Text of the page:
Suicide-related crisis presentations to a rural emergency department: A retrospective cohort study

Sean MacDermott, Keith Sutton, David Motorniak, Jacqueline Bredhauer, Fiona Wright, Merryl Whyte, Julia van Vuuren, Evelien Spelten

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Objective: The study sought to investigate the profile and characteristics of suicide-related crisis presentations and factors associated with repeat presentations to a rural hospital Emergency Department (ED). Method: This retrospective cohort study examined suicide-related crisis presentation data from a rural ED for the years 2008–2018 inclusive. Descriptive statistical analyses included demographic characteristics and trends over time. Factors associated with increased likelihood to re-present to the ED for suicide-related crisis were identified using Odds Ratio analyses. Results: First Nations People, adolescents and young adults were at increased risk of presentation. Suicidal crisis presentations had increased well beyond that which might be accorded to the catchment’s population increase and almost a third of presentations involved individuals re-presenting in suicide-related crisis. Repeat presentation was positively associated with younger age, less acute triage category, discharge to the community and leaving the ED before/during treatment. Conclusions: This study illustrates the importance of flagging, follow-up and support of rural repeat presenters to reduce further suicidal behaviours and presentation. Findings support the need for culturally safe and appropriate interventions and follow-up services. It is recommended to extend approach this to non-ED settings.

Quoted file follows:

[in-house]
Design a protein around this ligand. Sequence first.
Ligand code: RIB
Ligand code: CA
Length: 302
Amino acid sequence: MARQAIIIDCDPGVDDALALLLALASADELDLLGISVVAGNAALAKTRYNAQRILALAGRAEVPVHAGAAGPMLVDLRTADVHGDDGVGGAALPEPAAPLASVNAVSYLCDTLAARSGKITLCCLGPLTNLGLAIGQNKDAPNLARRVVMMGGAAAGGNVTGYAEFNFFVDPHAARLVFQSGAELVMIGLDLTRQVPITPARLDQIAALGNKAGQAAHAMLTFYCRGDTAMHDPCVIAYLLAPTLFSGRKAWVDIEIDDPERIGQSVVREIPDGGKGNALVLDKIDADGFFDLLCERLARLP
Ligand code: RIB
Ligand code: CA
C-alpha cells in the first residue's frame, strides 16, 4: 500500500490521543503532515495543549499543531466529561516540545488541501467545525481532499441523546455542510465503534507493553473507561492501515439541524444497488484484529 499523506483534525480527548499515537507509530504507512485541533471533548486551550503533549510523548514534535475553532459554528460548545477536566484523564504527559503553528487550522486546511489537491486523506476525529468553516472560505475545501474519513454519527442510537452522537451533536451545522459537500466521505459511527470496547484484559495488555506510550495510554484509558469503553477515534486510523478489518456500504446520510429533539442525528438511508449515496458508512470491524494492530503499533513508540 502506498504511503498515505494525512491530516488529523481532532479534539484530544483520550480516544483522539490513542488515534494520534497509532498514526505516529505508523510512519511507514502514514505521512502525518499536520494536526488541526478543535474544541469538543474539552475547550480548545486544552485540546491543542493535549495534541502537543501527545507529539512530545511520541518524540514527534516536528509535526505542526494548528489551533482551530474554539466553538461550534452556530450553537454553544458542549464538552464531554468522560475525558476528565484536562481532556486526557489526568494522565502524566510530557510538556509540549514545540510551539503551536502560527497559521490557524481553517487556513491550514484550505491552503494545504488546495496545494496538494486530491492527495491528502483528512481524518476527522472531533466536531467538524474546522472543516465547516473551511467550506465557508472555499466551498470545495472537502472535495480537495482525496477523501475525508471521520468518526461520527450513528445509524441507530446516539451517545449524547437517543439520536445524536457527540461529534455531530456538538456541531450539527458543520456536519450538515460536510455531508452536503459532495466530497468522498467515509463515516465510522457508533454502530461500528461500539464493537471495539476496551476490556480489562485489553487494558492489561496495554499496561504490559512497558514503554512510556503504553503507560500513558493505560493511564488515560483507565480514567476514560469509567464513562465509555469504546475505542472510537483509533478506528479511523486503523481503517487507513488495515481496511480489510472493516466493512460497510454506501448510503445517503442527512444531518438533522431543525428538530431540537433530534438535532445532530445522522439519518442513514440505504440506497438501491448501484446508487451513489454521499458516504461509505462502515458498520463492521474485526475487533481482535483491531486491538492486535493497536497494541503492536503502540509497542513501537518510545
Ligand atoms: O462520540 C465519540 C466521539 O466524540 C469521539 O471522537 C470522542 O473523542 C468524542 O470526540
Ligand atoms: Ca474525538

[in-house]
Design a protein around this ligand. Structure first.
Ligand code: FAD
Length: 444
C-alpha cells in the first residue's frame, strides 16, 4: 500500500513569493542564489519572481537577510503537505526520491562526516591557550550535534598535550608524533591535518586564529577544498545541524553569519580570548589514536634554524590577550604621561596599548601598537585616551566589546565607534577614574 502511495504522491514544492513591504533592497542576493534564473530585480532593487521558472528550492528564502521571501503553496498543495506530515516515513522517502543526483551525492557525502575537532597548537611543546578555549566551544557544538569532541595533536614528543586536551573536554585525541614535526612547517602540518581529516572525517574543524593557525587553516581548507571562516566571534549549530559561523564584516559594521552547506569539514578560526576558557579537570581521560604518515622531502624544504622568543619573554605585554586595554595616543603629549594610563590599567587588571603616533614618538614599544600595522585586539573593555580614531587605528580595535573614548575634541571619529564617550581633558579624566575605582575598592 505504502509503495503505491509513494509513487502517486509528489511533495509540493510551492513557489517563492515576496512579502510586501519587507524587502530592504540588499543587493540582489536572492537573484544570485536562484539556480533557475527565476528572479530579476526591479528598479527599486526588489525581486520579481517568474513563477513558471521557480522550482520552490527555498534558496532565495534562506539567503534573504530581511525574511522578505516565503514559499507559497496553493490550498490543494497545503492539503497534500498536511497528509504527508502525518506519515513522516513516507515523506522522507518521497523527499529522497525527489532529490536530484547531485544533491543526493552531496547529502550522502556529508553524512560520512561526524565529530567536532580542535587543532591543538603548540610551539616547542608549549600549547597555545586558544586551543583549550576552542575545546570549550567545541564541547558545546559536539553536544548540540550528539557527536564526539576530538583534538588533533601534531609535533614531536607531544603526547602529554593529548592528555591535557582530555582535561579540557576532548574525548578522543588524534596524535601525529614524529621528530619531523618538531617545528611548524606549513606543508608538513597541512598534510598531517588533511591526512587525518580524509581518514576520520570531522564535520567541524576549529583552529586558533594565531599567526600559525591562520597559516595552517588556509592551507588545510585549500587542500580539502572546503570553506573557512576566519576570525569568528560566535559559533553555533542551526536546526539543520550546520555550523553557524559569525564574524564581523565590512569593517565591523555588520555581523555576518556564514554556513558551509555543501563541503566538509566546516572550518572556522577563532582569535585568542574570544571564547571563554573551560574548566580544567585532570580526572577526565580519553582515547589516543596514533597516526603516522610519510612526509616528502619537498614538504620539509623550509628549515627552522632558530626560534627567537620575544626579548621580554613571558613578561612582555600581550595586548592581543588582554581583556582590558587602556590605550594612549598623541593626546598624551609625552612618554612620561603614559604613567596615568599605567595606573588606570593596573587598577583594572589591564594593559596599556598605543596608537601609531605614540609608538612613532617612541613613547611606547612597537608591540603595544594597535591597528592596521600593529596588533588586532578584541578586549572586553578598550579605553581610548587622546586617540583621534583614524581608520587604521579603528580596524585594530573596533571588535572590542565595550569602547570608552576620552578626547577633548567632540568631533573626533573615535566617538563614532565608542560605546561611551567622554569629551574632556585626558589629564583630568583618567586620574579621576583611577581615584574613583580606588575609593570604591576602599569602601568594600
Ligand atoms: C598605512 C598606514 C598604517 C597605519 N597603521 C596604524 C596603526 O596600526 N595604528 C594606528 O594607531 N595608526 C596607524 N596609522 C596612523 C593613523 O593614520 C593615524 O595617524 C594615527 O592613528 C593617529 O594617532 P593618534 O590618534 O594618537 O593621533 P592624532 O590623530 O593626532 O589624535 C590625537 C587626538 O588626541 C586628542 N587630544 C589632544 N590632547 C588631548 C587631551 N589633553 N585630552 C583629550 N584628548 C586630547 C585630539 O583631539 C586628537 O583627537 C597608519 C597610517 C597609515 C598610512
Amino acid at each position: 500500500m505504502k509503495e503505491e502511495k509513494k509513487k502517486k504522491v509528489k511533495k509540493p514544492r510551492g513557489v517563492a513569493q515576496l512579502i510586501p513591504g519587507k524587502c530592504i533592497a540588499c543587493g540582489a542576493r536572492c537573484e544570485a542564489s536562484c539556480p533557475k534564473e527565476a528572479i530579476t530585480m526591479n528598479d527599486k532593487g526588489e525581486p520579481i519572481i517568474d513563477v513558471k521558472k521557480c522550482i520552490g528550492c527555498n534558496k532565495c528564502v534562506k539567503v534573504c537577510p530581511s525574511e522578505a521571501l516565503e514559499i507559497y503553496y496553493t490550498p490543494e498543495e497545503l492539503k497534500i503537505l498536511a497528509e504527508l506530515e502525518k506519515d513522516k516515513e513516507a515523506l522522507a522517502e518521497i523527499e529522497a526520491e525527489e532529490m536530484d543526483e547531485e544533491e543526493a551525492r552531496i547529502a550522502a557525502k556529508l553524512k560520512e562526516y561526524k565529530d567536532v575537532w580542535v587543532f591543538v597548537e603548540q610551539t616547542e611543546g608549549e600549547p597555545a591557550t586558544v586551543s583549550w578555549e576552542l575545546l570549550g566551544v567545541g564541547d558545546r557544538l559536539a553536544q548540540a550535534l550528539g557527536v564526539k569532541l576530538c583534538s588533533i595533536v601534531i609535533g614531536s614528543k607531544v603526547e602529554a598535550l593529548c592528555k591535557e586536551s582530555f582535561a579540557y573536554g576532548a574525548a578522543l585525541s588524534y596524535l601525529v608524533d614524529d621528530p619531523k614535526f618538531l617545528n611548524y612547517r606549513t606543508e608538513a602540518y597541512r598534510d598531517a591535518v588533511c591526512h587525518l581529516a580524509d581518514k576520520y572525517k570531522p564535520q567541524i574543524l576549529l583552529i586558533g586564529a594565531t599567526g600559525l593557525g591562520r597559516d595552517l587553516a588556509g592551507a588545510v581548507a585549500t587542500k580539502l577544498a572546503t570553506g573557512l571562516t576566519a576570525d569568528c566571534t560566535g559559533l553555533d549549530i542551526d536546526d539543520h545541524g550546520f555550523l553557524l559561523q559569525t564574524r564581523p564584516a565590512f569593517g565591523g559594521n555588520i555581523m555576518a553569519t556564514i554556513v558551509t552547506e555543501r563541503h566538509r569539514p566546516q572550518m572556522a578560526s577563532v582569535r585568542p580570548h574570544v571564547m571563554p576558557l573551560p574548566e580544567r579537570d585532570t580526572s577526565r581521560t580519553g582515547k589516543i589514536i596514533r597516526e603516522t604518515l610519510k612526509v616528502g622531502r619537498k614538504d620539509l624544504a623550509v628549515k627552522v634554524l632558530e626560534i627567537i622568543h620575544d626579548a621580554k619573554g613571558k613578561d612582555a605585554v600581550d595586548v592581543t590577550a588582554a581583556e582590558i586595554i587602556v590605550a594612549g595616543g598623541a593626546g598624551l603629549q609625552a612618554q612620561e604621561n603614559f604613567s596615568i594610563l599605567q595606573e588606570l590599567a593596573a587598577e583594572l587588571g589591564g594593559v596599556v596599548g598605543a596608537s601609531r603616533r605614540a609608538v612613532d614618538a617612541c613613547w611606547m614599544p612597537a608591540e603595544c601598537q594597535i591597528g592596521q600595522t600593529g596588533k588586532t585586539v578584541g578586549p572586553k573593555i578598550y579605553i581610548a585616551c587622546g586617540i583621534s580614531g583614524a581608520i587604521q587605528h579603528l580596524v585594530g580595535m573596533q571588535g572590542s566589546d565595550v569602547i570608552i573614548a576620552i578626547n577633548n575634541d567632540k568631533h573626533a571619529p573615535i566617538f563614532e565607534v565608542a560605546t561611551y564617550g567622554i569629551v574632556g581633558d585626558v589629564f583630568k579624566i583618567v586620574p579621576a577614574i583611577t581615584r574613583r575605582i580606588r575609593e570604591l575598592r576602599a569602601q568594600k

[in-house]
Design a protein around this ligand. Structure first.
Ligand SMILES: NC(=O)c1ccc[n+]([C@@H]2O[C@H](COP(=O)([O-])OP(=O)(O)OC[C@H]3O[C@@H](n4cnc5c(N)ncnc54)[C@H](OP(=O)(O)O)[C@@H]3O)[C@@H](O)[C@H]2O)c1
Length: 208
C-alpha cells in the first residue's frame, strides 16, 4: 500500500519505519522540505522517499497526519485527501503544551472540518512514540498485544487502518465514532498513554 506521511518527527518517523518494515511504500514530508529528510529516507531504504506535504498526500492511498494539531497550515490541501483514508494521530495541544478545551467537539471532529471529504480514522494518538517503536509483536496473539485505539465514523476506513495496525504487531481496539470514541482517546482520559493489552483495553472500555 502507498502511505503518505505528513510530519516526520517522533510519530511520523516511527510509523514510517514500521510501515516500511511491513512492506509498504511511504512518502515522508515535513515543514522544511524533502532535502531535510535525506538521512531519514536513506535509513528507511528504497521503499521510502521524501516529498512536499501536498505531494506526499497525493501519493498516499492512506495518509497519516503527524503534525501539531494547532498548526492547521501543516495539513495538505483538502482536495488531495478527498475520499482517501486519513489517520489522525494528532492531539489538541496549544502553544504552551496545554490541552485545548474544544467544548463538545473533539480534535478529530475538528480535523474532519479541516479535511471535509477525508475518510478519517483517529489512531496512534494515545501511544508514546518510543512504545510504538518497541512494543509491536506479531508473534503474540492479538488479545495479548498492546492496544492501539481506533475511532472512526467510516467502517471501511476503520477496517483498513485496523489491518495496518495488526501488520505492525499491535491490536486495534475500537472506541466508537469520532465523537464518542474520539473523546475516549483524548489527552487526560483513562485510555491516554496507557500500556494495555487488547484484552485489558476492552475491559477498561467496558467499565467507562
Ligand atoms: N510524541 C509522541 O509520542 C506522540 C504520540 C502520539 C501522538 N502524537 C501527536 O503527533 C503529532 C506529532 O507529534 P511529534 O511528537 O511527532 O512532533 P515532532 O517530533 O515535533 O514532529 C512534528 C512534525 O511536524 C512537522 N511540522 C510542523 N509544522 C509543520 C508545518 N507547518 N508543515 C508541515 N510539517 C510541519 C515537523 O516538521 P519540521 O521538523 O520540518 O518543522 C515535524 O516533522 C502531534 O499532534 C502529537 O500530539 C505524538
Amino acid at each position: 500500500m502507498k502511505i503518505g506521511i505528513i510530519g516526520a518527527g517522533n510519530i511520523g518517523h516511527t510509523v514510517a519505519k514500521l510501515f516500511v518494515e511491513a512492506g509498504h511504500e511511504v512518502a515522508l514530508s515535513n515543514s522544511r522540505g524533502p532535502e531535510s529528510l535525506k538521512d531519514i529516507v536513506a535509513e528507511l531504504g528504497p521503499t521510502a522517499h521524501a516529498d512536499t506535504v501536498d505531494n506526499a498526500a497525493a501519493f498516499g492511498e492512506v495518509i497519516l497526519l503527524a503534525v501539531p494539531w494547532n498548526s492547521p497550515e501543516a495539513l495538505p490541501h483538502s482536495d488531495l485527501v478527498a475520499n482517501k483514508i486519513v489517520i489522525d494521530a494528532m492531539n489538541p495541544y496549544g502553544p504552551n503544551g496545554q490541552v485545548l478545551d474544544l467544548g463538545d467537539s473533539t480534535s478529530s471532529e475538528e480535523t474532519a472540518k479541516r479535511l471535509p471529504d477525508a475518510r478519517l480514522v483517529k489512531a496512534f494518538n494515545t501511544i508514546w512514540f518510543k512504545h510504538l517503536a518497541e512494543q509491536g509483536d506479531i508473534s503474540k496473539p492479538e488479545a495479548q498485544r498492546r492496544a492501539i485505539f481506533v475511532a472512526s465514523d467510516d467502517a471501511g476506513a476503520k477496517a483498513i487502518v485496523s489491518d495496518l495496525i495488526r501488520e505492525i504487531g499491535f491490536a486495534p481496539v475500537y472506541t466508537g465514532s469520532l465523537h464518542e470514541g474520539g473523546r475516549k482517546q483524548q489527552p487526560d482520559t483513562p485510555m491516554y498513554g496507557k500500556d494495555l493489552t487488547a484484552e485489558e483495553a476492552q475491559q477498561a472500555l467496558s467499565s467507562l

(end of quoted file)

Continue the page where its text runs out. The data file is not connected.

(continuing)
Original languageEnglish
Pages (from-to)13-18
Number of pages6
JournalAustralasian Psychiatry
Issue number1
Publication statusPublished - Feb 2023


  • emergency department
  • rural communities
  • rural hospitals
  • self-injurious behaviour
  • suicide

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